Interview with an artist, #3: Sara Gilbert

Jo Mason-LaurenceJo started her arty adventure at Dartington three years ago in creating The Studio, where visitors met and watched South West-based artists as they created work on-site.

Many artists have since enjoyed the exposure that The Studio offered and have continued to become part of Jo’s own space here on the estate – The Mason-Laurence Gallery.

More about The Mason-Laurence Gallery, including artist interviews ⇒

This week, Jo has been talking to Sara Gilbert, a Devon-based artist known for her paintings of the sea.


J-M-L How did we meet?

SG I came into the gallery and thought it was a really nice space and thought it would be a good place to show my work locally, especially with Dartington having such a long connection with the arts.

J M-L  Ah yes, I remember that day, at my previous gallery at the Craft Centre here at The Shops at Dartington…..a lovely light and airy space but it’s so lovely now to give you all a home to call your own in a separate building with its own identity.

SG  Actually, I remember you from school days Jo!

JM-L Yes, that was weird how it suddenly dawned on us both that we’d met before! What brought you to Devon?

SG I have lived here all my life!  My parents were from the north and they met whilst at Lancaster art college.  They moved south to Plymouth in the 1950’s to look after an elderly relative.  They renovated a derelict cottage during the 60’s and 70’s in the hamlet of North Huish and raised me and my sisters there.


wild sea triptych by Sara Gilbert

Wild Sea Triptych, by Sara Gilbert


J M-L How has living in Devon changed or developed your style?

SG I went to art college later in life and it was here I first started painting seriously on a large scale as it was the first time I had the space and time to experiment.  Previous to this my work had always been freehand pottery decoration and illustration.

Devon is a very creative place, loads of artists live here which makes the whole art scene more vibrant. Also I think people have to be resourceful and determined to make a living here as there aren’t many employment opportunities, which is why so many of us are self-employed.

JM-L There is something very liberating about being your own boss too. So how long do you spend creating in a typical day?

SG Most of my work is done in the studio and I try to spend at least three days a week there depending on other work commitments.  I sometimes go out sketching and take photographs of places that catch my eye and I gather material for future work.  Sometimes just the act of walking gives me ideas for new work.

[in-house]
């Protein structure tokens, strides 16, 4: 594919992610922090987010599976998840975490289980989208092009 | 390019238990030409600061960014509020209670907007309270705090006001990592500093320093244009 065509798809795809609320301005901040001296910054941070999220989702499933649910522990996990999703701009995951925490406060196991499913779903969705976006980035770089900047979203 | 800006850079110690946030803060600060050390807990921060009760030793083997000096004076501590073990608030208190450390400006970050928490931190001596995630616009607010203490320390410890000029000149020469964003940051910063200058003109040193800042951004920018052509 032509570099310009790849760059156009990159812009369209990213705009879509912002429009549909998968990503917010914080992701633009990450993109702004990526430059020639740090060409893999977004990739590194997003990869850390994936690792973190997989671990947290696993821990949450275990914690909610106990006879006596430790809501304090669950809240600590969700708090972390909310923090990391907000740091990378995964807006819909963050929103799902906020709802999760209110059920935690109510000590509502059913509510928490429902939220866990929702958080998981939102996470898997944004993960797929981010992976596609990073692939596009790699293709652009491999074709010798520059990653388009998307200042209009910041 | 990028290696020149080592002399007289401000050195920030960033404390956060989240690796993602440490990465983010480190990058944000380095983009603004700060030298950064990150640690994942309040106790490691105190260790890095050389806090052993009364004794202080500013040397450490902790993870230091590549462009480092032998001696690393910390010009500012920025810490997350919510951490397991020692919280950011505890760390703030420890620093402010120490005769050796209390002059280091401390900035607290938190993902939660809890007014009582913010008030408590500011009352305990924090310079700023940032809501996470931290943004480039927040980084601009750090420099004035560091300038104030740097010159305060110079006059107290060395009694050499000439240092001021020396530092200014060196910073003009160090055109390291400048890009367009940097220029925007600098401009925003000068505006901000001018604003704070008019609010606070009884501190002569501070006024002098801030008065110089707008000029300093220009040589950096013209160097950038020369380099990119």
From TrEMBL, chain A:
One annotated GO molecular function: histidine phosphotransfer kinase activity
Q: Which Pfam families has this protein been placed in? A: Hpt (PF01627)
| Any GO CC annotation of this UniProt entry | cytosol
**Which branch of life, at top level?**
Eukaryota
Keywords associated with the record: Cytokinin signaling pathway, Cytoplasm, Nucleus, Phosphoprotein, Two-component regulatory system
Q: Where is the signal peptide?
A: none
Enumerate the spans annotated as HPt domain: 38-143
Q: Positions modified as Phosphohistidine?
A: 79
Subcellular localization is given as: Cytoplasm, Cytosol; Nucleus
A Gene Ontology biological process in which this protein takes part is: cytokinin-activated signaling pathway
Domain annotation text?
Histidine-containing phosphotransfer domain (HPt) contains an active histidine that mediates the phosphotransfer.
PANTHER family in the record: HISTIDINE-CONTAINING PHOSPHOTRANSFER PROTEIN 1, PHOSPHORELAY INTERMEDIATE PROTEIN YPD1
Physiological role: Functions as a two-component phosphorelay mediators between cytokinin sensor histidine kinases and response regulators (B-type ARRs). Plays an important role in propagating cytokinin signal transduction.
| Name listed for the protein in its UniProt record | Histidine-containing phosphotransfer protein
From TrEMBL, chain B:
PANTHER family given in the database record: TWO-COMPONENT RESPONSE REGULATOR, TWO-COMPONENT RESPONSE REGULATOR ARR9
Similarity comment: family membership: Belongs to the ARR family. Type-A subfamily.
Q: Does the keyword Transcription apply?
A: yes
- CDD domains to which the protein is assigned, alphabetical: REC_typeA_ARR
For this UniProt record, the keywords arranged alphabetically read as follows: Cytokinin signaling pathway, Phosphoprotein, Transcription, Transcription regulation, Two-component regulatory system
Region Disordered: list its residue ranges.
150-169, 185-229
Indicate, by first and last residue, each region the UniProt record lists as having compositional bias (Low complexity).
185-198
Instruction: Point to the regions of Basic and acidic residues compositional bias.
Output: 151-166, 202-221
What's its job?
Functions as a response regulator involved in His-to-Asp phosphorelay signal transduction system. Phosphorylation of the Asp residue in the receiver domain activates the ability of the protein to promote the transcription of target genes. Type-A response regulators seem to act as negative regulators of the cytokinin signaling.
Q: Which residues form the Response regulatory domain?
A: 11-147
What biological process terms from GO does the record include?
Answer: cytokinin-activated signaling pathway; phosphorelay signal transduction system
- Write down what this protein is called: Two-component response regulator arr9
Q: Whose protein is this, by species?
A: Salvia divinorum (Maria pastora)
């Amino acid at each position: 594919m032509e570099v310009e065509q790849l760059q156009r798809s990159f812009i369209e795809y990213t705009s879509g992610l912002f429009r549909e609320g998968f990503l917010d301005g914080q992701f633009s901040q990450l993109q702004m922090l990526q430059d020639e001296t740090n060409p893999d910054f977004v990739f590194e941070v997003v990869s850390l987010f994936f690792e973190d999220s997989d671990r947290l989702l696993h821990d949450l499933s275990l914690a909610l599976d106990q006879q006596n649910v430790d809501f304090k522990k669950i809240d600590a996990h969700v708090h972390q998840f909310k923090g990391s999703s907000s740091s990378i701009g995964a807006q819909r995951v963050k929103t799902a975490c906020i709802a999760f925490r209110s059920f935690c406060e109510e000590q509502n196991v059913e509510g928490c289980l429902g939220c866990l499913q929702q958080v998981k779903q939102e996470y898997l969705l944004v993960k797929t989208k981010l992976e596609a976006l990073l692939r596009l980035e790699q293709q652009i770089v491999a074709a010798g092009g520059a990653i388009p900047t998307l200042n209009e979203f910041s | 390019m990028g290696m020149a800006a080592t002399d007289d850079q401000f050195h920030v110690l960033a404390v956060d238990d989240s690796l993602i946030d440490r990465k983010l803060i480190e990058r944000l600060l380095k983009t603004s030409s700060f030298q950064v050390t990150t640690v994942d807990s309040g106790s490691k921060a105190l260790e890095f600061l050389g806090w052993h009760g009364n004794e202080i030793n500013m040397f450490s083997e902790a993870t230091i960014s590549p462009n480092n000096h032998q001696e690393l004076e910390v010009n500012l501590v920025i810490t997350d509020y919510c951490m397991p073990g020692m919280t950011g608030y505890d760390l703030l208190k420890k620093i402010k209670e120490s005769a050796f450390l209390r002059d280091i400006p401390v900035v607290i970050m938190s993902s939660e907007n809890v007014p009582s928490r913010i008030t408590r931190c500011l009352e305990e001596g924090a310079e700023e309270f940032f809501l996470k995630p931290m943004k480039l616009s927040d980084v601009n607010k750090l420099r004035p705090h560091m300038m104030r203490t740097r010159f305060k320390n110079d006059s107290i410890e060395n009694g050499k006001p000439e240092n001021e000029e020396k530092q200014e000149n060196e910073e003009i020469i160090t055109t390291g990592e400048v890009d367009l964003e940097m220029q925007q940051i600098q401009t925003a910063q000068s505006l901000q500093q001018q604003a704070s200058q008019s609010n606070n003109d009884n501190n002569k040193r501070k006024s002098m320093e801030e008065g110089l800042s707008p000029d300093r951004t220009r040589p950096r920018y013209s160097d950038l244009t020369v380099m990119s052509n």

J M-L What inspires you?

SG My surroundings, my thoughts and history.  I’m never short of inspiration living in the beautiful South Hams – there is everything here, coast, moors, wooded valleys, the folklore and its people all inspire me.

I enjoy abstract work and colour. Paintings with energy and passion.

J M-L Who inspires you?

SG My parents.  True individuals!  Also the artists that I come into contact with daily; they are such a bunch of hard working dedicated individuals.  I admire Cornish artists like Peter Lanyon and others from that period, I think it’s probably something to do with the light and the feeling of space in their work.

J M-L Tell me why you like to work in your particular medium.

SG I work mostly in acrylics because this medium allows me to work quickly, I am too impatient to work in oils and acrylics don’t let you stop and think too much as they dry quickly – this makes me work in a more impulsive way!

J M-L Mmmm, that would make sense. I always describe your seascapes as having tremendous power about them, I’ve seen the way that you almost through yourself at the canvas!

SG Ha ha. Sometimes I use mixed media also as this often throws up unexpected surprises or problems.


Storm, acrylic on canvas, by Sara Gilbert

Storm, acrylic on canvas, by Sara Gilbert


J M-L Tell me about your subject matter.

SG I am known locally for my sea paintings, for their energy and movement.  The canvases are often painted as diptychs or triptychs so that I can get a nice long, big painting done in one piece but this also means that they can be easily transported in sections.  That’s a practical reason, there isn’t any deep significance!  My abstract work comes from an accumulation of ideas, feelings and influences.

JM-L Why does the sea particularly appeal to you?

SG I love the energy of the sea, although as a non-swimmer I have no idea why I am drawn to sea paintings.  People often ask me if I am a sailor as the paintings appear to have been done from far out in the ocean.  I think it’s to do with solitude, there are never any boats, people or seagulls in my sea paintings!

JM-L Where do you go to think?

SG I like being somewhere high up on Dartmoor or on a cliff-top, somewhere quiet.

JM-L Do you see yourself living in Devon forever?

SG I’ve always lived here and can’t see myself moving now, although I do fancy living on a Scottish island away from civilisation.  If I won the lottery I would buy an island somewhere I think.

J M-L Tell me something about yourself that has nothing to do with art.

SG As a child I saw a ghost! He was always coming to the front door but when you opened the door there was never anyone there.   It wasn’t until after we moved that any of us mentioned it and realised we had all seen him.

J M-L Eeeeek!


 

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